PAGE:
At 16, Alexander Campbell Lanier joined the war, got captured and missed supper -- all on the same day.
Lanier had slipped away from his West Point, Ga., home when fighting began that morning and rushed uphill to Fort Tyler at the town’s highest point.
But the town’s resistance to 3,500 Union forces ended the evening of April 16, 1865, after the death of the earthen fort’s commander, Gen. Robert C. Tyler (below), a dozen other Confederates and the surrender of the outgunned garrison.
Lanier and approximately 250 soldiers and civilians were marched to the town below. The family was not aware of his being at the fort until he waved at his mother as he was passing the house.
Fort Tyler is a small footnote to the closing days of the war. It was taken a week after Lee surrendered at Appomattox and one day after President Abraham Lincoln died of a mortal shot to the head. Combatants knew of neither occurrence.
Townspeople are proud of this last-ditch resistance to Union troops bound on destroying vital railroad facilities. Because the gauges of the rails were different between Alabama and Georgia, train cargo had to be transferred between cars here, which necessitated a large railroad yard in West Point. Confederates meant to guard a wagon and railroad bridge.
“There are people here who have ancestors who were in the fort,” says Fort Tyler Association President Rea (pronounced Ray) Clark.
I paid a visit this week to West Point, which straddles the Chattahoochee River at the Alabama border near Interstate 85. Today, the town is best known for great fishing at West Point Lake and the new Kia Georgia manufacturing facility a few miles northeast of town.
Fort Tyler, the last to fall in the Civil War, might be called Fort Stateline, since a portion is in Alabama and another part is in Georgia. The fenced property abuts several residences.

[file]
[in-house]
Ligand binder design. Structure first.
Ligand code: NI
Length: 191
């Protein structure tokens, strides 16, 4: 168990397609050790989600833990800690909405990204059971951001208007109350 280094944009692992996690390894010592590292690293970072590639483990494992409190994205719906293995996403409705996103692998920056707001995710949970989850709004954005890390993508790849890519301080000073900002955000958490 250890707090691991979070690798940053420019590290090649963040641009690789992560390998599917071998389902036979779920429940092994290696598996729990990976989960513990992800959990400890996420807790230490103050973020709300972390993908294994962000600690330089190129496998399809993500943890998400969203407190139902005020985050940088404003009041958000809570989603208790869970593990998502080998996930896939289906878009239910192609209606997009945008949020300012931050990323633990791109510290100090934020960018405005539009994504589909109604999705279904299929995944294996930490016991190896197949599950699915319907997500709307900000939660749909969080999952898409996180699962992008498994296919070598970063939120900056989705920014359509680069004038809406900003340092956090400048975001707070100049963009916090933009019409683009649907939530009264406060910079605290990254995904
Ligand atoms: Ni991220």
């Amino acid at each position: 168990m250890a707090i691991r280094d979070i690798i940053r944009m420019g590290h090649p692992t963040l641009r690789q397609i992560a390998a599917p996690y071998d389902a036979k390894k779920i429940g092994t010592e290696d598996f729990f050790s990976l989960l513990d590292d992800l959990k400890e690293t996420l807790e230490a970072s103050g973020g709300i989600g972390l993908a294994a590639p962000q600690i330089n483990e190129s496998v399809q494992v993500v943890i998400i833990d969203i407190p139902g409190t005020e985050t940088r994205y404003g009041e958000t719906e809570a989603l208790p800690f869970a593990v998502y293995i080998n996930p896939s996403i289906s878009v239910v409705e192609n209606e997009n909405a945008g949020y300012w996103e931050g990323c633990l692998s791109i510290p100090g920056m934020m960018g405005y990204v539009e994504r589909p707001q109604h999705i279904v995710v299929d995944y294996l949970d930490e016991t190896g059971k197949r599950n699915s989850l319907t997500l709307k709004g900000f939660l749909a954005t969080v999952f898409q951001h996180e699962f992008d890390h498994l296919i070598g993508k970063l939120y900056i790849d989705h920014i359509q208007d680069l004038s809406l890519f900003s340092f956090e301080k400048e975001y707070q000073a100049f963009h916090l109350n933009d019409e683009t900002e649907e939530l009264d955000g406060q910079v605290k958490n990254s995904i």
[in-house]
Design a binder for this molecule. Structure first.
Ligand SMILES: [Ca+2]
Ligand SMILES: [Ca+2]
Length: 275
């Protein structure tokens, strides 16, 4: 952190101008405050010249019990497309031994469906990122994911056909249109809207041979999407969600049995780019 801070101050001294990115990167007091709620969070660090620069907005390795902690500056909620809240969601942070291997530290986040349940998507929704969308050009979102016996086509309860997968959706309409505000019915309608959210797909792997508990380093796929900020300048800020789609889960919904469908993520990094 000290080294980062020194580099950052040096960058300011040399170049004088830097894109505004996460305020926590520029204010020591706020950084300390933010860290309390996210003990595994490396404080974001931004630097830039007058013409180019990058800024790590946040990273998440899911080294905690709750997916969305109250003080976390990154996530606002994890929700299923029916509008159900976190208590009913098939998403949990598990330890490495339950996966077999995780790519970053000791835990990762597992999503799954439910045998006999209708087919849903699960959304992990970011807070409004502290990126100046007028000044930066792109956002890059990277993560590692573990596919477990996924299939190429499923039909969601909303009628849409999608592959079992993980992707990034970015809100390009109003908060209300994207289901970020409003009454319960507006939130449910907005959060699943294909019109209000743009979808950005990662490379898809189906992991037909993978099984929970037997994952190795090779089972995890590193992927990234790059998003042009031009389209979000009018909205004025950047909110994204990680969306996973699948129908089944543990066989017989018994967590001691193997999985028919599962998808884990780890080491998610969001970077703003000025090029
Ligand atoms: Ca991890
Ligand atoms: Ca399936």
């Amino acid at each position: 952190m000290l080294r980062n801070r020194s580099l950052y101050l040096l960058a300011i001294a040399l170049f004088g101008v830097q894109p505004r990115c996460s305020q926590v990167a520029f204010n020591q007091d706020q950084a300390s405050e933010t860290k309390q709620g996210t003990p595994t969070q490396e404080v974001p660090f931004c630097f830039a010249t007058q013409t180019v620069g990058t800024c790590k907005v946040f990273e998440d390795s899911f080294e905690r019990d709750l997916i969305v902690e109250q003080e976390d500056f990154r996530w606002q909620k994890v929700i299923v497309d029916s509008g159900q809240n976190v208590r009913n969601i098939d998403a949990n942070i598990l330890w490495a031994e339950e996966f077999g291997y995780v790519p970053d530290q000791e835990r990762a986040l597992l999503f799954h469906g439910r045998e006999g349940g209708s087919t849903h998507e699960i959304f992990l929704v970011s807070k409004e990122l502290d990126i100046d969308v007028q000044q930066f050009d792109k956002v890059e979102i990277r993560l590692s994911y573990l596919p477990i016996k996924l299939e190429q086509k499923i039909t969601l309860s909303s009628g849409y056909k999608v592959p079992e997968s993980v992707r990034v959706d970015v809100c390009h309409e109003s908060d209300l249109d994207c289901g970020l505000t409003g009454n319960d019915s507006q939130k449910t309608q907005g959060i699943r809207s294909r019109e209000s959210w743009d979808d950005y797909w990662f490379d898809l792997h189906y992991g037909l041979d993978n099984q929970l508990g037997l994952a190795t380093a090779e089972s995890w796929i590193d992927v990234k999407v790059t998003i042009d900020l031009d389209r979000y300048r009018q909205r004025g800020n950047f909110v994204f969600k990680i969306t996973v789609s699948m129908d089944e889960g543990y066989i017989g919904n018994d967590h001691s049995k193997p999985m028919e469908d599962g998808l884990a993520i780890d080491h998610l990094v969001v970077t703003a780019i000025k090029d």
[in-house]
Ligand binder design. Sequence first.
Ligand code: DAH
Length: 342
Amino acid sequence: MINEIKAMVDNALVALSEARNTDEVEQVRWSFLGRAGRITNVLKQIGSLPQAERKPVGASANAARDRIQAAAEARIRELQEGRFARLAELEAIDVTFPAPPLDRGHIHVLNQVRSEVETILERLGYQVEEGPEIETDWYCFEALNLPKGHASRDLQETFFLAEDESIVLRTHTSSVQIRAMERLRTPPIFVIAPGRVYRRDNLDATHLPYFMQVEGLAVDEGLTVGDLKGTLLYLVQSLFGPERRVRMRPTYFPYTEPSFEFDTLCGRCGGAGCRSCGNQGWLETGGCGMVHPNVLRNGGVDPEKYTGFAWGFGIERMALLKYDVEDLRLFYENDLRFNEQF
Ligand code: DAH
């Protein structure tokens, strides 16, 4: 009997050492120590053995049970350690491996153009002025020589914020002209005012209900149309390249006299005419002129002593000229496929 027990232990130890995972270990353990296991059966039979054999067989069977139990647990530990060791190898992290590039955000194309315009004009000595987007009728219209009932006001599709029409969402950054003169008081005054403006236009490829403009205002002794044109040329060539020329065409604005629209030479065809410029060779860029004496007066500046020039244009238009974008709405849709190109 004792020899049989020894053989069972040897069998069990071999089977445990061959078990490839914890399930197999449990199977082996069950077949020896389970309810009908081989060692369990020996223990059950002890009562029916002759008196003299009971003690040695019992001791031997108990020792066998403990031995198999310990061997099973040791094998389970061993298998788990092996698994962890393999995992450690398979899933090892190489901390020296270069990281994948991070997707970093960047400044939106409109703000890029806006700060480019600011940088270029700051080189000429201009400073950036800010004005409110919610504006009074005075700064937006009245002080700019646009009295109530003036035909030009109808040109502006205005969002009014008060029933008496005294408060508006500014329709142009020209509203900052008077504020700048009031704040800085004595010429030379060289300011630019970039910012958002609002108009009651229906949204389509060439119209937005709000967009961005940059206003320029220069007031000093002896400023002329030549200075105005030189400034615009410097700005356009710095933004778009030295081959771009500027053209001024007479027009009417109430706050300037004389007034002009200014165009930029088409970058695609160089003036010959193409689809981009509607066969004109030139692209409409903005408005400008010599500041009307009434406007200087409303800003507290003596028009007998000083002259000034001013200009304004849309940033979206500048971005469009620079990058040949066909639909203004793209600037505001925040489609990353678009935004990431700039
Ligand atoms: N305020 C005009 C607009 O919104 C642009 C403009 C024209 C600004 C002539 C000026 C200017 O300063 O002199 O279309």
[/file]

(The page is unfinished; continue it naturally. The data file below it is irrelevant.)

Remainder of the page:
Clark quipped that rifle demonstrations are OK, but not artillery. “We don’t want to have to pay for broken windows.”
The fort has quite an unusual history.
Yankee troops burned two depots in West Point and blew up the powder magazine in the fort, creating a crater. Around 1897, the city filled in the hole with concrete and made a reservoir, which operated until the 1920s or 1930s.
Fort Tyler was gone.
That’s when townspeople got busy. They raised money and rebuilt the fort in 1996-97, dedicating it in 1998. Because there are no photos of the fort, they worked from first-hand accounts to re-create the 35-yard rectangular salient.
I was impressed by the many interpretive signs that line the shaded zig-zag trail to the top. You can walk through the fort and learn more about its three artillery pieces.
Clark said a living history and fundraising dinner were held last week on the Battle of West Point’s 145th anniversary.
The association and the West Point Visitors’ Center will soon begin filming a 17-minute film on the battle. It will be shown to visitors and schoolchildren at the Visitors’ Center in the old downtown depot.
“It will be Ken Burns caliber but without a Ken Burns budget,” Visitors’ Center Executive Director Malinda C. Powers says of the film.
For now, the association uses its Web site to publicize the well-maintained fort. Clark says he doesn’t know how many visitors the venue draws.
He’s hoping the Visitors’ Center can one day house a Fort Tyler museum and some relics found on the property.
The Visitors’ Center opened last year in conjunction with the Kia plant beginning operations, says Powers. She hopes business will pick up downtown when the economy improves and Kia workers start buying homes.
“Once we get people moving in we will have more stores.”
The Kia plant is a boon for West Point and nearby Alabama towns, which were home to cotton and textile manufacturing plants, long gone overseas.
I concluded my visit with a stop at Pinewood Cemetery, where Gen. Tyler and 76 Confederate and Union troops, most of them unknown, are buried.
The enigmatic Tyler, who lost a leg earlier in the war, was shot by a sniper and died under a battle flag made by the ladies of West Point. He was the last general to die in the Civil War.
From West Point, Union Gen. James Wilson's Raiders destroyed 19 locomotives and burned 340 cars, and moved east up the tracks to LaGrange and eventually to Macon.
• Click here for more info on the Fort Tyler Association.